The Heritage of Hell
While significantly less shouty than Rice, Gilbert’s 1946 screed is competitive when it comes to cockeyed ranting. He denounces the saxophone, “with its weird appeal to the expression of unrestrained passions,” and assails what he calls the “spasm bands” that have spread from brothels to decent America. He damns jazz music as especially dangerous because its emphasis upon improvisation leads kids to anarchism.
“This is even true of the jitterbug dancing that accompanies jitterbug music . . .In any jitterbug contest the winner is the dancer who shows the most originality and daring in devising new steps, twirls, somersaults or indecencies.”
Since he died in 1962, I doubt that Gilbert ever witnessed modern country line dancing, which holds to his every ideal: dancers moving with all the personal expression of a volleyball rotation.
Jitterbugging, Gilbert claims, has been “deliberately conceived” to break down young women’s resistance to sexual advances:
“Jitterbug music combined with jitterbug dancing produces a state of emotional and nervous derangement which is scientifically indistinguishable from intoxication induced by stimulants or narcotics.”
Statistics hate dancing, too. GIlbert touts a survey claiming that 97 per cent of juvenile delinquents took “their departure from the path of virtue and purity” after a dance or attending a movie; another insists that, of 67 cases of assault committed by high school boys against their girlfriends, each transpired after a dance or a movie.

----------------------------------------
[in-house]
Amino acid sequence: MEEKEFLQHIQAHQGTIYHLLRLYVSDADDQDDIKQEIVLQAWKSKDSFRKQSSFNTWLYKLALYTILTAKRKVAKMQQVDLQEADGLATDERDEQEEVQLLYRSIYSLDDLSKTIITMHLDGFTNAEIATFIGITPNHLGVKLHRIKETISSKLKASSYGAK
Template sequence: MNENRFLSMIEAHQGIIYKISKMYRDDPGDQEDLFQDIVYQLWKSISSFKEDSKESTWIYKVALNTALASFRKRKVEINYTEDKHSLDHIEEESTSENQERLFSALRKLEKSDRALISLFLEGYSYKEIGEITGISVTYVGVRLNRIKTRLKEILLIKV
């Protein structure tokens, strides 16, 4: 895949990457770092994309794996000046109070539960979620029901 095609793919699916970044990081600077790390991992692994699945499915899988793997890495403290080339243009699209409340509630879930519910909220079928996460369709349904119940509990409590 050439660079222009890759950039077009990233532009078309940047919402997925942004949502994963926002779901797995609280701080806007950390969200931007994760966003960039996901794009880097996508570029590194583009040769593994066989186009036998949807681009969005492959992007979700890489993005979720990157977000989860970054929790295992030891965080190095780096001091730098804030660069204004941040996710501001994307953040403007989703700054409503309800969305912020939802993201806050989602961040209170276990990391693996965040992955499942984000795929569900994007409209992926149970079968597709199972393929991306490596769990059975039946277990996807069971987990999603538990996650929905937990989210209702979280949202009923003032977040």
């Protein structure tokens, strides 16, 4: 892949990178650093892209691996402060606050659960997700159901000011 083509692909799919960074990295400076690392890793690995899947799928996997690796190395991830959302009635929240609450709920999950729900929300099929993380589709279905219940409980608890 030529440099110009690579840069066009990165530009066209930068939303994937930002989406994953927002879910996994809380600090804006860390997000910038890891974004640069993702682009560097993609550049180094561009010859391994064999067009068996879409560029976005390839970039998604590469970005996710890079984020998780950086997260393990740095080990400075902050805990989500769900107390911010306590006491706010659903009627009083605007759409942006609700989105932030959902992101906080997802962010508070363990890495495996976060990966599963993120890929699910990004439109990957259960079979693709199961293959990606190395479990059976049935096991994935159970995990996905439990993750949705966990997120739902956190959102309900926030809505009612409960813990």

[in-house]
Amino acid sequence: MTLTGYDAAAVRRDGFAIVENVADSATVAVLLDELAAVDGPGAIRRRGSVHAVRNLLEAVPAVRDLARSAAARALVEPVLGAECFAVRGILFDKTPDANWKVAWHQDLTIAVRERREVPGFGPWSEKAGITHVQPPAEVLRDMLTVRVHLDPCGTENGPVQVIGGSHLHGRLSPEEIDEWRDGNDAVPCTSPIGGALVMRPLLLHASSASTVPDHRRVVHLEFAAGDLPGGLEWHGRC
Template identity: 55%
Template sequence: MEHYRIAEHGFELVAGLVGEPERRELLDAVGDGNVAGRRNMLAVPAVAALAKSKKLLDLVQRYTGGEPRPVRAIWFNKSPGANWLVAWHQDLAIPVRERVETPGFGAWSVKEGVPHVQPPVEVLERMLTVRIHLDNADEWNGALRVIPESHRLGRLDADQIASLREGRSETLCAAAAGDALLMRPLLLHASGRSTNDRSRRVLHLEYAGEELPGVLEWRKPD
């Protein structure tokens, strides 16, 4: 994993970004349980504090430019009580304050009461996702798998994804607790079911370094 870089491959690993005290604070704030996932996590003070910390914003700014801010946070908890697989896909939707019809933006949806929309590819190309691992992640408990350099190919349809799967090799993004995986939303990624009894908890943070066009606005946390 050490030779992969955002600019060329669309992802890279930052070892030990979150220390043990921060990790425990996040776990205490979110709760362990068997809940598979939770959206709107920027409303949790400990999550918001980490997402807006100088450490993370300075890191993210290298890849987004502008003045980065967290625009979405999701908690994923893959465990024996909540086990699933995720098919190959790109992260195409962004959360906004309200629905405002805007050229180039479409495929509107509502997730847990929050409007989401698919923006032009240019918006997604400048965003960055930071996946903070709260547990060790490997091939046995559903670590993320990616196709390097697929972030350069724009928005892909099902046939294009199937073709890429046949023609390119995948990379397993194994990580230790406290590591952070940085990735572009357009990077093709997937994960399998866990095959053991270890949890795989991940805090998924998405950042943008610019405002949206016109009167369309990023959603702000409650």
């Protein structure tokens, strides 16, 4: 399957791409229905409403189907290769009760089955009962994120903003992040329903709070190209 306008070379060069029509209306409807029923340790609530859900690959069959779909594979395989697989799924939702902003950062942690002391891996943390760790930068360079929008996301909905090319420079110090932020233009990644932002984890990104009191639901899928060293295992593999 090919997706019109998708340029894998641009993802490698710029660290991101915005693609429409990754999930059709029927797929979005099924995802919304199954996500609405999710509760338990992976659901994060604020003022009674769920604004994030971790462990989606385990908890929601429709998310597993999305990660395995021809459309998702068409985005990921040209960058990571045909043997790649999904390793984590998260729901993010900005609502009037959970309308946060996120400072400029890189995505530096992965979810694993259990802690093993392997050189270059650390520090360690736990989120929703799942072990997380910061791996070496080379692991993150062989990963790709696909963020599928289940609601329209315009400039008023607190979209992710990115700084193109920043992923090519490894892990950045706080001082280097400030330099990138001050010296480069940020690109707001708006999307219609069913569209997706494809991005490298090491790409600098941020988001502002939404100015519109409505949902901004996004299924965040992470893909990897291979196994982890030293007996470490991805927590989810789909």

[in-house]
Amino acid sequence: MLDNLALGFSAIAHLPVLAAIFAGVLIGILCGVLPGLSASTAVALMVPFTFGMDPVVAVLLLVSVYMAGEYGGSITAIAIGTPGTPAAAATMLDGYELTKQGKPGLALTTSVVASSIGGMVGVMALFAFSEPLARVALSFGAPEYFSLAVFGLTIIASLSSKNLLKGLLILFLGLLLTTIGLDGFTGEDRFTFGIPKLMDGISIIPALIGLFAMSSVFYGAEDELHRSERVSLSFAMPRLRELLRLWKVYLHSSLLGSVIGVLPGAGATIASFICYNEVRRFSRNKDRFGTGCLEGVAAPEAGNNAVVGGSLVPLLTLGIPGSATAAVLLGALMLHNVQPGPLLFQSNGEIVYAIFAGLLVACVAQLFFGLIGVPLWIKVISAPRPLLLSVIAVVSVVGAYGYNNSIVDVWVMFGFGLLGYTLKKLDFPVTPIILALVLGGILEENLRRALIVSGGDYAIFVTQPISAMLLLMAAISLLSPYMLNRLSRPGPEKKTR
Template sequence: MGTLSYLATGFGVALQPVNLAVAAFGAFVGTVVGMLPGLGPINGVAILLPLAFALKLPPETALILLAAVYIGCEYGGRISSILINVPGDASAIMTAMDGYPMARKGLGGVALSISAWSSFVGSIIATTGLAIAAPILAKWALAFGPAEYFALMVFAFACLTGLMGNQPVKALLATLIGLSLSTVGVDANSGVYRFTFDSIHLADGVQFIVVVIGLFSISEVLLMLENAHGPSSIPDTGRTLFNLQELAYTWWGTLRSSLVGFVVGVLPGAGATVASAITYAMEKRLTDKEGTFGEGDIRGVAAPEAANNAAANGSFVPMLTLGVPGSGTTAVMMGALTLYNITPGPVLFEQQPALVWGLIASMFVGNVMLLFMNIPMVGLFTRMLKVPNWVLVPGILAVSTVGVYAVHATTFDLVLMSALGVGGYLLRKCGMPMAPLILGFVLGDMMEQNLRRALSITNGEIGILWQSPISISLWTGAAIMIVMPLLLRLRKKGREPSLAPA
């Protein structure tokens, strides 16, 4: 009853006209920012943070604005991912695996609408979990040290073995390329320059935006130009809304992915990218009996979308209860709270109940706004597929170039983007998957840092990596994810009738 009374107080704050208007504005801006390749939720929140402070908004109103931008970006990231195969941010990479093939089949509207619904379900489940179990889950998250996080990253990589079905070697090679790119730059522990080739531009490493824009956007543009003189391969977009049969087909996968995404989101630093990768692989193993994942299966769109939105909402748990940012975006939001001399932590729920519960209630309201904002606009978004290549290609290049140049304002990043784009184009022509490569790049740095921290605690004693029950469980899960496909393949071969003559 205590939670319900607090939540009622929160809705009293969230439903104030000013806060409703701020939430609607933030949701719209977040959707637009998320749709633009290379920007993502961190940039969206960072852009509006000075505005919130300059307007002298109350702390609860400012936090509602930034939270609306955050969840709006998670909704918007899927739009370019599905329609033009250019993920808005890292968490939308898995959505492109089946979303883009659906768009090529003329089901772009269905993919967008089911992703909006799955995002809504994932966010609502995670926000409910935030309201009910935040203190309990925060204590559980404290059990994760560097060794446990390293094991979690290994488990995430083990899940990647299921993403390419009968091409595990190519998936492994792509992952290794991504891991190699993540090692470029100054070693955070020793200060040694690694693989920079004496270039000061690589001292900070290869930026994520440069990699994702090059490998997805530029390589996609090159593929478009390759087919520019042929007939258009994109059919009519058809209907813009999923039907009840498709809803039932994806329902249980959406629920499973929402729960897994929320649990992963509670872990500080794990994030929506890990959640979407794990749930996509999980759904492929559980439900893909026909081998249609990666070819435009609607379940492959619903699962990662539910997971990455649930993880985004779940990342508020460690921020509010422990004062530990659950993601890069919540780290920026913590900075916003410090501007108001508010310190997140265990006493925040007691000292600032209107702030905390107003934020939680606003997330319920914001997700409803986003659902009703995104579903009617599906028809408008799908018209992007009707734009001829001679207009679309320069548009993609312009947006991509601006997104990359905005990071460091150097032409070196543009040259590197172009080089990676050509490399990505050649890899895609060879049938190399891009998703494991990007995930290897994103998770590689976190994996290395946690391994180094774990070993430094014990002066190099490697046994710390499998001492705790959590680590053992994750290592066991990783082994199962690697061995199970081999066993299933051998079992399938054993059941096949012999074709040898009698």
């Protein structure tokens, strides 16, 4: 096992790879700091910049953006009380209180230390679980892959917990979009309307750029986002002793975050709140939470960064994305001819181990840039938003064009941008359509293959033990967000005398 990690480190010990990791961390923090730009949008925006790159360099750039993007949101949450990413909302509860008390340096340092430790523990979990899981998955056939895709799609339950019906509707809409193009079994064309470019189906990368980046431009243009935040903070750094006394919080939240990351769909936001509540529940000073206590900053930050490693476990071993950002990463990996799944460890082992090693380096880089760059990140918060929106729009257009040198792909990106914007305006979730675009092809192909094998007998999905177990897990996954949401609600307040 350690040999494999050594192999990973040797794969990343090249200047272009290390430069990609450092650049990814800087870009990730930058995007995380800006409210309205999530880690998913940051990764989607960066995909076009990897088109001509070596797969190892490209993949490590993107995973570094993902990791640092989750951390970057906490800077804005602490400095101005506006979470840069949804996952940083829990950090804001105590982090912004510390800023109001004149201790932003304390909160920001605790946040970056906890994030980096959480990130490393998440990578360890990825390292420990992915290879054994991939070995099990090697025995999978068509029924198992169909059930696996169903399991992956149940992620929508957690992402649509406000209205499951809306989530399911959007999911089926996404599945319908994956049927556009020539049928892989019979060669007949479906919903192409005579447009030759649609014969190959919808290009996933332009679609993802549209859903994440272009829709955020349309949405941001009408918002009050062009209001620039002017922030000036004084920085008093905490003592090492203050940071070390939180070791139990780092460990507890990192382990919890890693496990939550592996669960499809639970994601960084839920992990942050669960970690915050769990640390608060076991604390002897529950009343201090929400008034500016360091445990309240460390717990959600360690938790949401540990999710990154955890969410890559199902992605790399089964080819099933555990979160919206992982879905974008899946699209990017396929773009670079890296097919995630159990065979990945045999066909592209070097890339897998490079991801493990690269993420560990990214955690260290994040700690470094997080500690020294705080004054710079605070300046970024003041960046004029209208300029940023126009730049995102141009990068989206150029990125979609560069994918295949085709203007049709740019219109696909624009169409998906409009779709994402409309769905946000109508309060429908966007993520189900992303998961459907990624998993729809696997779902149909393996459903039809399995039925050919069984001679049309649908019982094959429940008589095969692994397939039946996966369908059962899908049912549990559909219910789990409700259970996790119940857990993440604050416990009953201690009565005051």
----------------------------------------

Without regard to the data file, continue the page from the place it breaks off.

While Rice seems the more amusingly crazy, Gilbert’s contention that the dance-induced horniness is “deliberately conceived” holds great promise. Let’s see how they do under questioning!
What has modern dance done to fashion?
Rice: “Women don’t wear corsets anymore to dances.”
Gilbert: “Designers have created ‘new styles’ simply by incorporating in women’s ‘party dresses’ more and more features of the clothing worn by the commercial courtesans of the vice world.”
Who benefits from dancing?
Rice: “The fact of the business is, it was impossible to get a nudist movement started until the modern dance got rotten as hell.”
Gilbert: “The modern educational system in America is largely under the control of a small group of influential Soviet educators . . . Their program is to paganize and Sovietize American youth. The enforcement of a dancing program in public high schools is essential to the success of that objective.”
Any last words?
Rice: “Somebody says, ‘Brother Rice, I do not have bad thoughts when I dance.’ I say you are a dirty liar, and you know it!”
Gilbert: “Hitler is gone, but the dance remains a means of Hitlerizing American youth: of reducing them to the brute level, of filling their lives with all that is ugly and revolting, of accentuating brute passion, of encouraging vice and degradation.”
Dan Gilbert,exploiting a quirk in the timeline! Fulminating eleven years and one World War after Rice, only he could dream up naming Adolf Hitler as the unlikely force behind this most terrible of made-up social problems. I raise my near-beer to you, Brother Gilbert, and celebrate the fact that, after your Nazi scapegoating, Americans would never fall for such laughable comparisons ever again!
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[The Crap Archivist lives in Kansas City, where he originates his on-line Studies for the Voice‘s sister paper, The Pitch.]